Gate Church - a church above the fortress gates, one of the unique architectural phenomena in Ancient Russia, a characteristic sign of monastic and church architecture. One of the types of religious architecture in Russia, when it became a tradition to build a chapel or temple over the city gates or the main entrance to the monastery. In a traditional Russian city (monastery), the gate church had a sacred meaning, denoting conformity and evidence of the triumph of Christianity, pointing to a typical iconic analogue of the Heavenly City as a connection between the earthly and heavenly worlds.
Orthodox icons were installed over the gates leading to the city. Then chapels, churches, temples or monasteries were built on this site. In addition to the defensive function, religious buildings acquired a sacred meaning, calling on higher powers to protect the city, "creating an urban sacred space (hierotopy)". Gate churches were built over the main gates of the stone fence and, as a rule, correlated with the concept of “holy gates”.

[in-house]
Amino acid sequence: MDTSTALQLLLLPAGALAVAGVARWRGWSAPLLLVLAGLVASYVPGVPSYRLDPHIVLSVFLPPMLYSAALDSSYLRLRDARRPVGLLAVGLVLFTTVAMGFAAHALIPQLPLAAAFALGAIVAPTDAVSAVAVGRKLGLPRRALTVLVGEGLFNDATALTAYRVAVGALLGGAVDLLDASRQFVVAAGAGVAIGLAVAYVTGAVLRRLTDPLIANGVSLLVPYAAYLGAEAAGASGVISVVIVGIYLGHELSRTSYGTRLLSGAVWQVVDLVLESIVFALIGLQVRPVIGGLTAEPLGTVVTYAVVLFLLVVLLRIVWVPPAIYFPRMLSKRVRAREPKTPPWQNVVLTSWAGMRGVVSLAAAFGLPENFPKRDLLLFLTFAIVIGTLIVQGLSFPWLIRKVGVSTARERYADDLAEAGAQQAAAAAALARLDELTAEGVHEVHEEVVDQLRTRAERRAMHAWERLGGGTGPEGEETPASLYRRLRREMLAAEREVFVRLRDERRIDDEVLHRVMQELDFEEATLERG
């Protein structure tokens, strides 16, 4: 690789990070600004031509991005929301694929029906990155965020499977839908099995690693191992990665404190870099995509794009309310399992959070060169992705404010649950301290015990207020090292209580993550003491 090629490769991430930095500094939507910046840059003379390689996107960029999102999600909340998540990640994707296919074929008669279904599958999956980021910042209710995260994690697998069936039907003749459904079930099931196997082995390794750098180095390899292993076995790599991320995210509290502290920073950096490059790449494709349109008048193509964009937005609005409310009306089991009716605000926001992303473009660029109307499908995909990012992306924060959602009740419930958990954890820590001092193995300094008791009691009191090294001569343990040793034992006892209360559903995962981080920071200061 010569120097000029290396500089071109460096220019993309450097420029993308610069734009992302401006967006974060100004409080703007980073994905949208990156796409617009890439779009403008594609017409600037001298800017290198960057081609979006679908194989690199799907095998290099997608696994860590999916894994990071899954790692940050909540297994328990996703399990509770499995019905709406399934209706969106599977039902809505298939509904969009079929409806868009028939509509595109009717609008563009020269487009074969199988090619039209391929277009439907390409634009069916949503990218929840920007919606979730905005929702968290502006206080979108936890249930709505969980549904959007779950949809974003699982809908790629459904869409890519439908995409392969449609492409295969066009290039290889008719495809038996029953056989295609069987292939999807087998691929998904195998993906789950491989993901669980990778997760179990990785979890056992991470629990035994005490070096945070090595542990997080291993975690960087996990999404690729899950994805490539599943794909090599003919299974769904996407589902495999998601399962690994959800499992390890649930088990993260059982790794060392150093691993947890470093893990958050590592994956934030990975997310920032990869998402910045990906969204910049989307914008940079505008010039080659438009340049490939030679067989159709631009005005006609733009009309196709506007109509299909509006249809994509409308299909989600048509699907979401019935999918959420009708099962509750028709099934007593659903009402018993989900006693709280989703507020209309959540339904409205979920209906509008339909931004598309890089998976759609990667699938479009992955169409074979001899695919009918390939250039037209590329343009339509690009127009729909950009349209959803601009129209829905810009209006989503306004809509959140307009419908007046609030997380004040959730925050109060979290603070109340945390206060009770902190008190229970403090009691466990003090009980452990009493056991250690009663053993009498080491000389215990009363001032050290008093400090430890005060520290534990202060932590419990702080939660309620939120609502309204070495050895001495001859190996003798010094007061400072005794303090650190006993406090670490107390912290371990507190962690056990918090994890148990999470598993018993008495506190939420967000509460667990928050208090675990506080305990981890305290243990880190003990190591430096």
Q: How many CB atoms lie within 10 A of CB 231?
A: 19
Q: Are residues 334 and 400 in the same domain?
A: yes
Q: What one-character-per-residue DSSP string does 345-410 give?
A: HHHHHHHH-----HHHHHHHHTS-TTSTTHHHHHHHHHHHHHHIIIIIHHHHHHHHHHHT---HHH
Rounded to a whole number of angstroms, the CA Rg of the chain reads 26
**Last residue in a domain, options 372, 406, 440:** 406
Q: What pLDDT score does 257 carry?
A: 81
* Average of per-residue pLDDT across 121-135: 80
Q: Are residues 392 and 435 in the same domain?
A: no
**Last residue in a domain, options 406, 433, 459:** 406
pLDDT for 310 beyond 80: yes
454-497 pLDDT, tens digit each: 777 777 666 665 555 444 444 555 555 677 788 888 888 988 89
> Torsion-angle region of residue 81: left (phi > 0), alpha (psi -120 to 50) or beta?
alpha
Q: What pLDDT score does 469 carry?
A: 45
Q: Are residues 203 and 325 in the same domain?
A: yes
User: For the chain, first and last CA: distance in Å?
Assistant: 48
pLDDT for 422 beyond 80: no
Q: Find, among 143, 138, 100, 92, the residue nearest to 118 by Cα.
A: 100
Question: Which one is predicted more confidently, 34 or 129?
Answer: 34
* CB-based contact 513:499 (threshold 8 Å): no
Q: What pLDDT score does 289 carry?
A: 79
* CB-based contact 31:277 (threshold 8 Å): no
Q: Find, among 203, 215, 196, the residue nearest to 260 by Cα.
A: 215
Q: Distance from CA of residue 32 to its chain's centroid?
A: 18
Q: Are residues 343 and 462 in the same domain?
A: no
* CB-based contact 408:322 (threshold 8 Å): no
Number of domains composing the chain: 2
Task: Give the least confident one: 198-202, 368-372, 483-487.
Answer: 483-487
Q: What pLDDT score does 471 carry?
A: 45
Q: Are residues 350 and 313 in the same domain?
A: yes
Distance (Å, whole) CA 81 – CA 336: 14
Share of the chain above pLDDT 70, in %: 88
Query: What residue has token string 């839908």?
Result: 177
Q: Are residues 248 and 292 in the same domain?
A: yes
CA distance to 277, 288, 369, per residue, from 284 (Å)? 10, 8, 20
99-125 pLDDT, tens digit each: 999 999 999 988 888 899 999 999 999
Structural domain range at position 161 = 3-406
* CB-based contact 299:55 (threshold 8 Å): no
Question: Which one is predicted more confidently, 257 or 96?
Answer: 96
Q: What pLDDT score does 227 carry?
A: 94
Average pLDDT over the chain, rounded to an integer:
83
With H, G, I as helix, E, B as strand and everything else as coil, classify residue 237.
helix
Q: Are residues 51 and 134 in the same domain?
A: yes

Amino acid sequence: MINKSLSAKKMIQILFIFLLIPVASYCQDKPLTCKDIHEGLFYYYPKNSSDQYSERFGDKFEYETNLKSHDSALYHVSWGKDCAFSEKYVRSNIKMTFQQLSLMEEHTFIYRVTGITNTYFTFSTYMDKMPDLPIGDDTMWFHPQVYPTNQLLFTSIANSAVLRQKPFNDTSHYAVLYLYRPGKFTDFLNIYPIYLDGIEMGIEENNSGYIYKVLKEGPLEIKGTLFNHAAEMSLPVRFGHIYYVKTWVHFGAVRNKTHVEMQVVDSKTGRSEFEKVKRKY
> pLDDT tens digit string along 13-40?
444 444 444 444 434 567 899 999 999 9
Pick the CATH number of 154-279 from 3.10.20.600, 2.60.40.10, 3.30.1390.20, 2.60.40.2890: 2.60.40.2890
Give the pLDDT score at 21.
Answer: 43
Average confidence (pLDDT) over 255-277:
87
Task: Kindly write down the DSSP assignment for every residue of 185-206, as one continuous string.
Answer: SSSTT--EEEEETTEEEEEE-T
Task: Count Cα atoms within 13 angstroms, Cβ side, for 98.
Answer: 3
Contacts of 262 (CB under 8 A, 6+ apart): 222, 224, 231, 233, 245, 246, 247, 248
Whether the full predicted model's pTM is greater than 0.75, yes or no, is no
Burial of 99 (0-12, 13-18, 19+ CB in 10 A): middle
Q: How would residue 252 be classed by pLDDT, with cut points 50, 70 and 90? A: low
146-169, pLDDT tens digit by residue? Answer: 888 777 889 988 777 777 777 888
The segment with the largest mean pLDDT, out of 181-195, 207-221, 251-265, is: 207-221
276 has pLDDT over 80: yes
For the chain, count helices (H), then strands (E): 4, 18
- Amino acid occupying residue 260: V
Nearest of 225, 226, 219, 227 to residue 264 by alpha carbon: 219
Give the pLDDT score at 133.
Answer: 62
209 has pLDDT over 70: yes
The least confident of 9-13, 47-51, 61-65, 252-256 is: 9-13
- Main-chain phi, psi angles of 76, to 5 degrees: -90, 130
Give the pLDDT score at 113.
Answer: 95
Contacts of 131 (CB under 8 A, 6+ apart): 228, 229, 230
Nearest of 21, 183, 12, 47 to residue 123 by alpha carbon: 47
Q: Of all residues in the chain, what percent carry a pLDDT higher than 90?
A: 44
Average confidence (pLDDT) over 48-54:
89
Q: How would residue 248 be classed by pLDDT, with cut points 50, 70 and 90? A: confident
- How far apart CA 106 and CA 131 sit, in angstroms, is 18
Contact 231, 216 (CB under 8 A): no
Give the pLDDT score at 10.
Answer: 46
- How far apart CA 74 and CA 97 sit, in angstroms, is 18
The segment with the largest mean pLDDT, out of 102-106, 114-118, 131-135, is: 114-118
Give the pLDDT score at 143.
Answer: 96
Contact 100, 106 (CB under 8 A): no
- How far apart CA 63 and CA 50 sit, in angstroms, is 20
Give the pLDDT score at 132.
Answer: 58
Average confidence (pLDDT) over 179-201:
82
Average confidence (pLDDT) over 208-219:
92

During the construction of the city walls, an Orthodox image of a holy icon was often located above the gates in the form of the icon itself, its image or mosaics with the faces of saints that “guarded” the city gates. The architectural technique of erecting city gates with the image of a holy face above them, which then developed into over-gate religious buildings in the form of chapels, churches and monasteries, consecrating the entrance to the city, was a characteristic architectural technique in Ancient Russia. A specialist in ancient Russian architecture, V.P. Vygolov, notes that it reflected the originality of ancient architecture and the independent path of its development.
The first evidence of the construction of gate temples in Russia has been known since the 11th century. The architectural tradition continued until the end of the period when ancient Russian architecture crossed the border of the 17th-18th centuries. It was preserved in subsequent periods: in the 18th-19th centuries, over the gates of church complexes (city walls, kremlins and fortresses, monasteries, bishops' courtyards), gate churches appeared, which were built not only as places of worship, but also carried a defensive, as well as sacred fun �